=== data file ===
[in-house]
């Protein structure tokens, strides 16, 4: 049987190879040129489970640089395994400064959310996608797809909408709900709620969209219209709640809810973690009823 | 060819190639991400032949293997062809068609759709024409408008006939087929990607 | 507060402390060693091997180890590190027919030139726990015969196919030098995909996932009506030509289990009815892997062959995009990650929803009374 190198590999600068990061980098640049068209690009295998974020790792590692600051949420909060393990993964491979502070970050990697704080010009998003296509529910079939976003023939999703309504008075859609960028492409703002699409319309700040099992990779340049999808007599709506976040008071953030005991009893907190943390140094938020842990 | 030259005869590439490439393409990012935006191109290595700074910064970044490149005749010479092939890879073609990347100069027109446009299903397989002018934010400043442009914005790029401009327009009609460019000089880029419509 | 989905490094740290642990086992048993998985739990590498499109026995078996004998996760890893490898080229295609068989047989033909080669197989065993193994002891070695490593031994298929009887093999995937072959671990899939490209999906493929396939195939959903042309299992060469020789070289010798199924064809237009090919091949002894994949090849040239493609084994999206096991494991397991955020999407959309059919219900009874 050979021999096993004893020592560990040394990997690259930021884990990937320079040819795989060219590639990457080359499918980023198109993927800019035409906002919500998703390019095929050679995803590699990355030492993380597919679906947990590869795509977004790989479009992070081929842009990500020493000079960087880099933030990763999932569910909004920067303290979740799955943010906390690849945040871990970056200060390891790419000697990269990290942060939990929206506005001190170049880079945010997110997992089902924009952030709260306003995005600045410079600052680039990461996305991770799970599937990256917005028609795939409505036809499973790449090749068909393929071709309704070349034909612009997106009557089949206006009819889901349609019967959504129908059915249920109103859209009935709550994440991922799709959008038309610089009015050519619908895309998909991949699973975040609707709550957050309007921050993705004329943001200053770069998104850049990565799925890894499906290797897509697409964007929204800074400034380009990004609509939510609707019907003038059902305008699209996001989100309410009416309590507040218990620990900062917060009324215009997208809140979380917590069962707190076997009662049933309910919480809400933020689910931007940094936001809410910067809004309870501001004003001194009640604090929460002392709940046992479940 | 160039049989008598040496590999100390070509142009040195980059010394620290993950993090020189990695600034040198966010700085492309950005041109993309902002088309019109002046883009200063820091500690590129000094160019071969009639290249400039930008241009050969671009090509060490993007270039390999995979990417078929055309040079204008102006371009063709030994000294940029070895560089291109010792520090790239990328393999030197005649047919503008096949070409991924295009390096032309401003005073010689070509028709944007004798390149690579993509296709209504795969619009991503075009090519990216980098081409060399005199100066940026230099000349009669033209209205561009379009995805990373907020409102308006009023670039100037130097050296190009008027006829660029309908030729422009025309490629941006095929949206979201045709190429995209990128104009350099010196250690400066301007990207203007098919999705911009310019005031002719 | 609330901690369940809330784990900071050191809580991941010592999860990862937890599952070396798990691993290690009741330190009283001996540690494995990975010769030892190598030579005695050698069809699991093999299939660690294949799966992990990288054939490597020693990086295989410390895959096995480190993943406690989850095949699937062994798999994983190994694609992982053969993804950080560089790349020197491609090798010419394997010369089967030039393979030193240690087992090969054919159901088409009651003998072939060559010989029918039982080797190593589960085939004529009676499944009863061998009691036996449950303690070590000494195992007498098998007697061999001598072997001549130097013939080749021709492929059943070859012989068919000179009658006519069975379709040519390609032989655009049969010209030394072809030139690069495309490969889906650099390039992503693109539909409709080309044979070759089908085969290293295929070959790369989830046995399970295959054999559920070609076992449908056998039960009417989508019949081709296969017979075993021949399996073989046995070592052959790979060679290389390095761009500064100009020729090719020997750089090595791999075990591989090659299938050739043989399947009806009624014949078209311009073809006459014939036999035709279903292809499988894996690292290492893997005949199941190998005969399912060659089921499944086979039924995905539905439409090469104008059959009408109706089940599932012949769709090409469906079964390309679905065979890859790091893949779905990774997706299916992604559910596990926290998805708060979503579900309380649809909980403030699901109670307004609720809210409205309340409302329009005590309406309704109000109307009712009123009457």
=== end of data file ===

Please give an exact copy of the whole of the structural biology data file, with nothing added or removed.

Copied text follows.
[in-house]
């Protein structure tokens, strides 16, 4: 049987190879040129489970640089395994400064959310996608797809909408709900709620969209219209709640809810973690009823 | 060819190639991400032949293997062809068609759709024409408008006939087929990607 | 507060402390060693091997180890590190027919030139726990015969196919030098995909996932009506030509289990009815892997062959995009990650929803009374 190198590999600068990061980098640049068209690009295998974020790792590692600051949420909060393990993964491979502070970050990697704080010009998003296509529910079939976003023939999703309504008075859609960028492409703002699409319309700040099992990779340049999808007599709506976040008071953030005991009893907190943390140094938020842990 | 030259005869590439490439393409990012935006191109290595700074910064970044490149005749010479092939890879073609990347100069027109446009299903397989002018934010400043442009914005790029401009327009009609460019000089880029419509 | 989905490094740290642990086992048993998985739990590498499109026995078996004998996760890893490898080229295609068989047989033909080669197989065993193994002891070695490593031994298929009887093999995937072959671990899939490209999906493929396939195939959903042309299992060469020789070289010798199924064809237009090919091949002894994949090849040239493609084994999206096991494991397991955020999407959309059919219900009874 050979021999096993004893020592560990040394990997690259930021884990990937320079040819795989060219590639990457080359499918980023198109993927800019035409906002919500998703390019095929050679995803590699990355030492993380597919679906947990590869795509977004790989479009992070081929842009990500020493000079960087880099933030990763999932569910909004920067303290979740799955943010906390690849945040871990970056200060390891790419000697990269990290942060939990929206506005001190170049880079945010997110997992089902924009952030709260306003995005600045410079600052680039990461996305991770799970599937990256917005028609795939409505036809499973790449090749068909393929071709309704070349034909612009997106009557089949206006009819889901349609019967959504129908059915249920109103859209009935709550994440991922799709959008038309610089009015050519619908895309998909991949699973975040609707709550957050309007921050993705004329943001200053770069998104850049990565799925890894499906290797897509697409964007929204800074400034380009990004609509939510609707019907003038059902305008699209996001989100309410009416309590507040218990620990900062917060009324215009997208809140979380917590069962707190076997009662049933309910919480809400933020689910931007940094936001809410910067809004309870501001004003001194009640604090929460002392709940046992479940 | 160039049989008598040496590999100390070509142009040195980059010394620290993950993090020189990695600034040198966010700085492309950005041109993309902002088309019109002046883009200063820091500690590129000094160019071969009639290249400039930008241009050969671009090509060490993007270039390999995979990417078929055309040079204008102006371009063709030994000294940029070895560089291109010792520090790239990328393999030197005649047919503008096949070409991924295009390096032309401003005073010689070509028709944007004798390149690579993509296709209504795969619009991503075009090519990216980098081409060399005199100066940026230099000349009669033209209205561009379009995805990373907020409102308006009023670039100037130097050296190009008027006829660029309908030729422009025309490629941006095929949206979201045709190429995209990128104009350099010196250690400066301007990207203007098919999705911009310019005031002719 | 609330901690369940809330784990900071050191809580991941010592999860990862937890599952070396798990691993290690009741330190009283001996540690494995990975010769030892190598030579005695050698069809699991093999299939660690294949799966992990990288054939490597020693990086295989410390895959096995480190993943406690989850095949699937062994798999994983190994694609992982053969993804950080560089790349020197491609090798010419394997010369089967030039393979030193240690087992090969054919159901088409009651003998072939060559010989029918039982080797190593589960085939004529009676499944009863061998009691036996449950303690070590000494195992007498098998007697061999001598072997001549130097013939080749021709492929059943070859012989068919000179009658006519069975379709040519390609032989655009049969010209030394072809030139690069495309490969889906650099390039992503693109539909409709080309044979070759089908085969290293295929070959790369989830046995399970295959054999559920070609076992449908056998039960009417989508019949081709296969017979075993021949399996073989046995070592052959790979060679290389390095761009500064100009020729090719020997750089090595791999075990591989090659299938050739043989399947009806009624014949078209311009073809006459014939036999035709279903292809499988894996690292290492893997005949199941190998005969399912060659089921499944086979039924995905539905439409090469104008059959009408109706089940599932012949769709090409469906079964390309679905065979890859790091893949779905990774997706299916992604559910596990926290998805708060979503579900309380649809909980403030699901109670307004609720809210409205309340409302329009005590309406309704109000109307009712009123009457």